- RDS/WIP Introduction
- Models, Data & Meta-Data
- Paths to Interoperability
- Automated Mapping
- Thought and Language
- Coarse to Fine
- Fine to Coarse
- Template Methodologies
- Choice of System
- RDS/WIP Sample Queries
- RDS/WIP Staging Diagrams
- RDS/WIP 1.0 Plan
- RDS/WIP 1.0 Testing
- RDS/WIP 1.0 Process
- RDS/WIP 1.0 Inventory
- RDS/WIP 2.0 Plan
- RDS/WIP ID Generator
- RDS/WIP Domain Proposal
- RDS/WIP Requirements Table
- RDS/WIP Use Case: Discrete Editing
- RDS/WIP Use Case: CSV Upload
- RDS/WIP 1.0 General Use Cases
- RDS/WIP 2.0 General Use Cases
- RDS/WIP ISO 15926 Template Definitions
- RDS/WIP OWL/RDF Definition
- RDS/WIP OWL/RDF Project Plan
- RDS/WIP Forums
- RDS/WIP Use Case: Bulk Upload
POSC-Caesar FIATECH IDS-ADI Projects
Intelligent Data Sets Accelerating Deployment of ISO15926
Realizing Open Information Interoperability
RDS/WIP World View
IDS-ADI envision the RDS/WIP as a collaborative space for development and publication of multiple reference data libraries and the mappings between them.
This page is an informal treatment in an essay style that seeks to show what differentiates these libraries, the methodologies that produce them, approaches to mapping and the means by which all of these together address interoperability.
Model and Data
Probably the most important underpinning of the RDS/WIP as a concept is that the model is meta-data, and meta-data is data.
It is a short and simple step from this to establish that if you must transmit models, meta-data and related data, then it is simplest to utilise a system that allows you to treat all of that information in the same way, so that you can operate on meta-data and models just as though they were data.
To this end, we chose RDF and its supporting technologies (triplestores, OWL, SPARQL and URIs) as core elements of the RDS/WIP.
Relations, Classes and Members
Since RDF views all information as binary relationships, it becomes necessary to cast information into that mold in order to incorporate it into the RDS/WIP.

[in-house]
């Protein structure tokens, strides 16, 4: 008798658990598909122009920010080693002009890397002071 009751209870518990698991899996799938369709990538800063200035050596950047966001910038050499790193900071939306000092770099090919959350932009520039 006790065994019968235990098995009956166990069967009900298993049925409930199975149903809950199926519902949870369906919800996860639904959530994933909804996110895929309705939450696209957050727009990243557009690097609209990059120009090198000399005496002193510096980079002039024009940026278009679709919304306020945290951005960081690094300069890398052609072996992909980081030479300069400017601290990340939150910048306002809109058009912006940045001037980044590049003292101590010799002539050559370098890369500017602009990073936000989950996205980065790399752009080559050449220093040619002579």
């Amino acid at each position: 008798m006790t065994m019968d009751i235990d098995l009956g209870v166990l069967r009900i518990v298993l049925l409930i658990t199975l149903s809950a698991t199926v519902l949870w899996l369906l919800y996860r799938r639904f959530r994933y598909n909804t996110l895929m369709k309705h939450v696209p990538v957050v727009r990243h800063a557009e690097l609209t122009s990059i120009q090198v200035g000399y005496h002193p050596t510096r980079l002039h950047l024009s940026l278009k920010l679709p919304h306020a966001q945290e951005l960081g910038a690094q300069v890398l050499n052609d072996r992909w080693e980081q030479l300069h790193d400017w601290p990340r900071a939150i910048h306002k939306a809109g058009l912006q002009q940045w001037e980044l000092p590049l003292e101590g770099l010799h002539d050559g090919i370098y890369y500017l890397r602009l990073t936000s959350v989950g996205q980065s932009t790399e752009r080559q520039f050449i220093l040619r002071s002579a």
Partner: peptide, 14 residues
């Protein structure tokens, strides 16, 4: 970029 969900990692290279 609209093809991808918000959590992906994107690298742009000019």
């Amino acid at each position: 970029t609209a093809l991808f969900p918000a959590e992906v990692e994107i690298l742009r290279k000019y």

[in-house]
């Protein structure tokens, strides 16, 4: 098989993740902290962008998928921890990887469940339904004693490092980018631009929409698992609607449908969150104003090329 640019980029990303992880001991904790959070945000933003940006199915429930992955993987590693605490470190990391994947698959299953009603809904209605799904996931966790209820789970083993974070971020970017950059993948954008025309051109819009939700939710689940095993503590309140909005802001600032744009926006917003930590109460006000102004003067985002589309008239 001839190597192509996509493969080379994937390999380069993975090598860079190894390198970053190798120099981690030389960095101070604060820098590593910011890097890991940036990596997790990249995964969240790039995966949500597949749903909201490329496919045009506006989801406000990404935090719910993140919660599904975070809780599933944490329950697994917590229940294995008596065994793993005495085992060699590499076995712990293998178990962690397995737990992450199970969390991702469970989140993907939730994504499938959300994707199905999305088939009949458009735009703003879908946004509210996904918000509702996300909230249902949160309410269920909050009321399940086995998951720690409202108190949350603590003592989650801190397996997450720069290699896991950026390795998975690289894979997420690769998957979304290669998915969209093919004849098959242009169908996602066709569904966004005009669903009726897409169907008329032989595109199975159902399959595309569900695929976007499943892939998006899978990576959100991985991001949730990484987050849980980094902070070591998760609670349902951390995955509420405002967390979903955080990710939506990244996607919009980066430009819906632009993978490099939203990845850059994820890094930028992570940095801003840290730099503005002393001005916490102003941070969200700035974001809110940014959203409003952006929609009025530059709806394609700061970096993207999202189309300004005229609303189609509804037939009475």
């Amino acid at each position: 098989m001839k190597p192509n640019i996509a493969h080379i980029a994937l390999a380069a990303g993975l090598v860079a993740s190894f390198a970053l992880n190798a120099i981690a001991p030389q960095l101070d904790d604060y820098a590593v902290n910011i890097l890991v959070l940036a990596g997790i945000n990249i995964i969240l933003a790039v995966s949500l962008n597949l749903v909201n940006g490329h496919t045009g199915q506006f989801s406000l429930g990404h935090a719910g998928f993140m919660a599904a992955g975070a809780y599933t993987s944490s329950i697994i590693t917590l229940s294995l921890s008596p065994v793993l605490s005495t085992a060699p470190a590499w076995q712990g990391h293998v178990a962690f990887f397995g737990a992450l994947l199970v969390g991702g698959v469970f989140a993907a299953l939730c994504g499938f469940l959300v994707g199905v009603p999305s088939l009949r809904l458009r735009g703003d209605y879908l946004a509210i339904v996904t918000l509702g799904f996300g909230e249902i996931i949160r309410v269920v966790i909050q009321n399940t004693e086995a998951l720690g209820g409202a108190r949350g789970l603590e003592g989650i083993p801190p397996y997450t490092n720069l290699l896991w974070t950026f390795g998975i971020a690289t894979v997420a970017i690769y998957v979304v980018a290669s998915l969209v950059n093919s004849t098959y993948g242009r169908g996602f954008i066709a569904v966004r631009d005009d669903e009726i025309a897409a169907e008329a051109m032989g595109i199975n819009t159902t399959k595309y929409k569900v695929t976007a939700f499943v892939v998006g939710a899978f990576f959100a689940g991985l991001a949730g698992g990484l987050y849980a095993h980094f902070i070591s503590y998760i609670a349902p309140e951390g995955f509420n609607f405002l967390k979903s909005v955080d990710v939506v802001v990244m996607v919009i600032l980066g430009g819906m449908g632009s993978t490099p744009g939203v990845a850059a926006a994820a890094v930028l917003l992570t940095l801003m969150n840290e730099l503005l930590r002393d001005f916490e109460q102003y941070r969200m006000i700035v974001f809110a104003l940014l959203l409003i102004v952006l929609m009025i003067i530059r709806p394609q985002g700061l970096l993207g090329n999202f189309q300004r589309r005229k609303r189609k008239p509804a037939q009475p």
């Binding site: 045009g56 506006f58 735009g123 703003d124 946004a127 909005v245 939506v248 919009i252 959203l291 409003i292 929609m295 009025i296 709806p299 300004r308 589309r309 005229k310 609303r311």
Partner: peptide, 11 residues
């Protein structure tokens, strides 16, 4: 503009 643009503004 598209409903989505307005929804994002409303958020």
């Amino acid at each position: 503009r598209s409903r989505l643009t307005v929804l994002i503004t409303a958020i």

(@todo introduce notion of "system" to describe models built on the same foundation)
(@todo link to description of, differences between this and OO, ER etc.)
While it is possible to just put raw RDF into the RDS/WIP, its useful (and in fact easier), to leverage previous work in adapting other systems to RDF. Moreover, providing some common structure makes transformation between systems far easier.
While RDF provides three core concepts: binary relations, classes, and membership in classes, the most common missing pattern that we see in other systems is n-ary relations.
In the RDS/WIP we borrow the term "template" from ISO 15926 to describe an n-ary relation and its related definitional rules and meta-data.
@todo link to deeper definition of template, cross-link to IDS-ADI templates.
Arriving at Definitions
To make a set of definitions work well together, it is necessary for them to have been produced via some cohesive process. We call these processes "methodologies".
Different methodologies can be used to create sets of definitions in the same model. Sometimes, these sets of definitions will overlap, but for the most part they will be substantively different.
Paths to Interoperability
There are at least three different paths to interoperability, and the choice of which path is largely determined by the maturity of information handling in the particular contexts in which a language is used.
The RDS/WIP can be used to support any path to interoperability that requires the publishing of reference data - but the path chosen has important ramifications for the kind of system it is necessary to adopt.
Choice of System
The RDS/WIP is intended to be able to hold reference data for many systems, so in order to contribute to the RDS/WIP, the submitter must choose a system (or systems) to contribute to. The most important part of this choice is the methodology, because it is the methodology that leads to a particular standardization path.
As expanded in the conclusions section, it is incumbent on the user to decide the best set of reference data to solve their specific interoperability problem.
At the core of this is choosing a system that has the methodologies and the standardization paths that support data definition and exchange at the level required to solve the problem.